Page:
3 Reasons You Should Update Your estate Plan After You Buy a House


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If you have recently purchased a new home, congratulations! This is a huge accomplishment and milestone in your life. Along with the excitement of becoming a homeowner, it’s also important to take some time to update your estate plan. Here are three key reasons why:

  1. You just purchased a very large asset.

For most people, their home is the biggest asset they will ever own. As such, it’s important to make sure that your estate plan reflects your wishes for what should happen to your home in the event of your death.

Many people think an estate plan is for millionaires and billionaires. People incorrectly think that they don’t need an estate plan unless their house is called an “estate” or a “manor.” However, all homes are part of your estate, and you should have a plan for all of your assets.

If you think about the home you just purchased, you probably spent hundreds of thousands of dollars. If you think about it, it is unlikely that you or most people have hundreds of thousands of dollars invested into any other single asset. If not, this makes your home the biggest asset in your portfolio, and your entire estate. Part of financial security is planning. Having a plan for your single biggest asset only makes sense.

An estate plan for your home could simply include a will. Yet, it might include a trust, or even making sure that the deed is structured in a way that it will pass outside of probate. This ensures that the people who need access to your home to live in it or sell it if you pass, will get access as quickly as possible.

  1. What will happen to your home if you pass away?

This is an important question to consider and discuss with your family or beneficiaries. You’ll want to have a clear plan in place so that there is no confusion or disagreement down the road.

If you pass away without an estate plan, the state will determine what happens to your home and other assets. You may not want the state making decisions about who should live in your home or what should happen to your belongings.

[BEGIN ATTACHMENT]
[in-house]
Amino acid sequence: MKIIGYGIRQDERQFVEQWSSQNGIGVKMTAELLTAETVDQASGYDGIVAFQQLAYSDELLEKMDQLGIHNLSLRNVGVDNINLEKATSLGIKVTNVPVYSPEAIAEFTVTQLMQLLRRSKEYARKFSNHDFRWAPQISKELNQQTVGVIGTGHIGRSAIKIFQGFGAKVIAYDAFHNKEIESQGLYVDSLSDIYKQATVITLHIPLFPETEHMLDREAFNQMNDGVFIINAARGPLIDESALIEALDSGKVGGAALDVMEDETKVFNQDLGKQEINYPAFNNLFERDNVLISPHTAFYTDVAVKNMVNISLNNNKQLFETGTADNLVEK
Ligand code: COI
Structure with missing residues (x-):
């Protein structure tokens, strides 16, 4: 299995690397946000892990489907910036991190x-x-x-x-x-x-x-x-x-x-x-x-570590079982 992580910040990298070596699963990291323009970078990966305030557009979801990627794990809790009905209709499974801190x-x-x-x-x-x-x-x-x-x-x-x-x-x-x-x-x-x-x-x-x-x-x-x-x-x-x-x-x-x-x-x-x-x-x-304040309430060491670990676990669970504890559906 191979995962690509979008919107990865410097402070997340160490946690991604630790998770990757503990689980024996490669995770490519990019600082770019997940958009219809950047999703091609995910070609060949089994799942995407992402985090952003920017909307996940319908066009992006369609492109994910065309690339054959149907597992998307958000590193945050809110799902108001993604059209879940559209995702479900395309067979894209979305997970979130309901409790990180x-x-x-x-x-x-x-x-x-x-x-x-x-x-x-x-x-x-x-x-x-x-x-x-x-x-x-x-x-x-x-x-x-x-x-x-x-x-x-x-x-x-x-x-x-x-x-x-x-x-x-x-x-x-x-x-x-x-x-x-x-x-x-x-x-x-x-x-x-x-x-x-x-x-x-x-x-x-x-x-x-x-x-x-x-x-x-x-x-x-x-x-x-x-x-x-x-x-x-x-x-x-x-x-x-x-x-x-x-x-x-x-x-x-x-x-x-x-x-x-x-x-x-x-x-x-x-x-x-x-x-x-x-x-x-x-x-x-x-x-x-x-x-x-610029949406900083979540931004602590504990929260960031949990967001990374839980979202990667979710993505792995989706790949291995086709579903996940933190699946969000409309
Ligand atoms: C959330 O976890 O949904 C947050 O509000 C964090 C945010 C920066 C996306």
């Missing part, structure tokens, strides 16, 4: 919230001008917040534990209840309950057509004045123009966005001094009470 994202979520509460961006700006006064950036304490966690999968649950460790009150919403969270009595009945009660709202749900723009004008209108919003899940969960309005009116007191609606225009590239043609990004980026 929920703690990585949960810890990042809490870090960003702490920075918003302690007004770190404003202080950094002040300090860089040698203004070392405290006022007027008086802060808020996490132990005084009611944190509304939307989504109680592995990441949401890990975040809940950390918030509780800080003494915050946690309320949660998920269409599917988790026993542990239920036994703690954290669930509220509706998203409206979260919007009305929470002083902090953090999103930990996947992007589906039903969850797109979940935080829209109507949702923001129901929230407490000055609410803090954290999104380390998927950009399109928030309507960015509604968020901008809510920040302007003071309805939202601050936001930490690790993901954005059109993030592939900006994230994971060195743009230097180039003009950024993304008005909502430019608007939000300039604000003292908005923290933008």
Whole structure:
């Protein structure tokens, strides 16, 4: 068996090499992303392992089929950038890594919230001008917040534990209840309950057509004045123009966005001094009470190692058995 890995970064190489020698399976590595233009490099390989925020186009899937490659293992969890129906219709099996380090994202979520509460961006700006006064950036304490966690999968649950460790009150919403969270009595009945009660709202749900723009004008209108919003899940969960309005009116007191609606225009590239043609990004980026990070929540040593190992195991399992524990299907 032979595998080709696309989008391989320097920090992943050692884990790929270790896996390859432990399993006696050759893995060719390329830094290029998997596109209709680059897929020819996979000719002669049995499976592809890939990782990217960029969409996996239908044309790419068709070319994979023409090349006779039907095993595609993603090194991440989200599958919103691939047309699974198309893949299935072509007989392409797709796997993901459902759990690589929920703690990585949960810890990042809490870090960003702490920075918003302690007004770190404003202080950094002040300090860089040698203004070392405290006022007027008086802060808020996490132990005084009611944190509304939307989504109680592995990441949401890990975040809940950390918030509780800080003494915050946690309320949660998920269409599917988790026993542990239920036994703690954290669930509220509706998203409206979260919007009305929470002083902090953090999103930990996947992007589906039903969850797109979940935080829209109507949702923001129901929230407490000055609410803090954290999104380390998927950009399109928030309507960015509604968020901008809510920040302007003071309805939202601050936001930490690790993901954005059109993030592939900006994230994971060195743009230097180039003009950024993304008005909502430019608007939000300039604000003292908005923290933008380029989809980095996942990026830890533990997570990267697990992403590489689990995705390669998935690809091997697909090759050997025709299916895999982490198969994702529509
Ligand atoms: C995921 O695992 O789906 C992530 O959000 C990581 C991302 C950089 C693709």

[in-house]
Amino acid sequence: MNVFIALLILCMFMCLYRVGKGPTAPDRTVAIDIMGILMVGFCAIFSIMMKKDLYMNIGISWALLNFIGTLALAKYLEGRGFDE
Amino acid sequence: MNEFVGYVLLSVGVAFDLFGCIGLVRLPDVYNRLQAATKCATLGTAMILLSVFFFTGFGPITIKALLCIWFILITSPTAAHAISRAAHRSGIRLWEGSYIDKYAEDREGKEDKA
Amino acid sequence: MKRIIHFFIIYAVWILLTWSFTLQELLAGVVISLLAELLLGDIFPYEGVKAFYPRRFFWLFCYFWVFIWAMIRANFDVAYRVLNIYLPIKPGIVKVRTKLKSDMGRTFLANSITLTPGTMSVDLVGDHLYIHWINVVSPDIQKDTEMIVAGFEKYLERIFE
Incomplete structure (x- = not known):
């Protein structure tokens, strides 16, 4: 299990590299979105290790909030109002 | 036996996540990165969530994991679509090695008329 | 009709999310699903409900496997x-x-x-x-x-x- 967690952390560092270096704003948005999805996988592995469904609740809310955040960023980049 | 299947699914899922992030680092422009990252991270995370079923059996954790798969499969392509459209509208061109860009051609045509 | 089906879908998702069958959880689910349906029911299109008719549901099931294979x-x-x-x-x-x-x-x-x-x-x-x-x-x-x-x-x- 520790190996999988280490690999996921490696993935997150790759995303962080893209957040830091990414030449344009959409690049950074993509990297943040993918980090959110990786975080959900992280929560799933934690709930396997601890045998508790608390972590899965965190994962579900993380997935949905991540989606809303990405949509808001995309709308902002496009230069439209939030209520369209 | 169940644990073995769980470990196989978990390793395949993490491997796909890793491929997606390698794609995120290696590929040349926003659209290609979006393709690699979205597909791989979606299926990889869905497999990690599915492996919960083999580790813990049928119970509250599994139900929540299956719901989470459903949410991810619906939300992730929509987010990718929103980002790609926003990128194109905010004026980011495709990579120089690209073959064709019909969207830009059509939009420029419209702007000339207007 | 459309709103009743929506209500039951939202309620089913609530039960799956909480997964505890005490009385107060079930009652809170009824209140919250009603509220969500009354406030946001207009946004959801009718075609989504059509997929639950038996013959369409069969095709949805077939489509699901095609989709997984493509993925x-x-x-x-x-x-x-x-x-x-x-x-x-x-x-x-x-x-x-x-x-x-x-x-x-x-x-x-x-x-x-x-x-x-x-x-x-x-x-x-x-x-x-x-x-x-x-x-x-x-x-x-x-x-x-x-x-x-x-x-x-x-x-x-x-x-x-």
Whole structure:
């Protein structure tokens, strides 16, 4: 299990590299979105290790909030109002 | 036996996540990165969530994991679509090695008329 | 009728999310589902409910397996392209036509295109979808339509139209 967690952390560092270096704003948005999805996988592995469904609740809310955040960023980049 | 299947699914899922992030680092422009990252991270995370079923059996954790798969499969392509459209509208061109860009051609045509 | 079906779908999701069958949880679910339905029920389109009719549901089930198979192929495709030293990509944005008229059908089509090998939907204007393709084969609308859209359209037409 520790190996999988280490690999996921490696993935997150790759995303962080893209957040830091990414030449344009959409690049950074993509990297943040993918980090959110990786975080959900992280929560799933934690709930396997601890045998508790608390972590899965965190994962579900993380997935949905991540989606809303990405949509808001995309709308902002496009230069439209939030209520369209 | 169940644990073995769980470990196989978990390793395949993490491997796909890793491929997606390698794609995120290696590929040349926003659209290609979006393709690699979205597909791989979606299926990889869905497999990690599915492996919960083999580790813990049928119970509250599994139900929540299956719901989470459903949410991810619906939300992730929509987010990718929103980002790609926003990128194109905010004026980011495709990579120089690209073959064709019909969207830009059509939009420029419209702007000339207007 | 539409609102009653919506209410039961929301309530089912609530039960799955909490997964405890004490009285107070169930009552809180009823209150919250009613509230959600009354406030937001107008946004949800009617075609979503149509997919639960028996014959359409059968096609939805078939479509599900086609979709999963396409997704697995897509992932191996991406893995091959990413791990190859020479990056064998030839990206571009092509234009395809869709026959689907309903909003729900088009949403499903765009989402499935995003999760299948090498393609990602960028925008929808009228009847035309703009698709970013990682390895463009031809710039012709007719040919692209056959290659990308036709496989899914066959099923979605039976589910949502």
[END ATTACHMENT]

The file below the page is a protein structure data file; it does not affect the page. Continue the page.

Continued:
If you do not have an estate plan, your house very likely will get stuck in probate. It might be sold and the proceeds split amongst many of your family members. Alternatively, one of your family members might get stuck with a house with a large mortgage, or that family member may even just waive their right to the house entirely, making it go to someone you never wanted to have the house.

You can create a plan for most contingencies. However, if you don’t have a plan, you simply won\’t know what will happen to your home if you pass away. You also won’t know what problems it might cause your family.

Having an estate plan is not just good for you, but it’s good for your family. Unfortunately, when we pass, our family members are grieving. Yet, we often don’t realize that death comes with a lot of legal hoops and paperwork. You can help your family and give yourself peace of mind by making a plan early.

  1. Every time a big event happens in your life, you should make sure your estate plan is up to date.

This includes buying a home, getting married, having children, etc. Often when people are buying a home, there are other changes happening in their life too. Buying a home is regularly due to getting a new job or growing a family. Even if you already had a will and estate plan, by regularly reviewing and updating your estate plan, you can ensure that it always reflects your current wishes and situation.

For example, you might have originally created an estate plan when you were single and had no children. However, now that you’re married and have kids, your estate plan should be updated to reflect these changes.

You might want to consider adding your spouse as a beneficiary or co-trustee. You may also want to create guardianship arrangements for your minor children in case something happens to you and your spouse.

There are many different ways to update your estate plan, and it doesn’t have to be complicated. However, it’s important to make sure that your estate plan always reflects your current wishes and situation.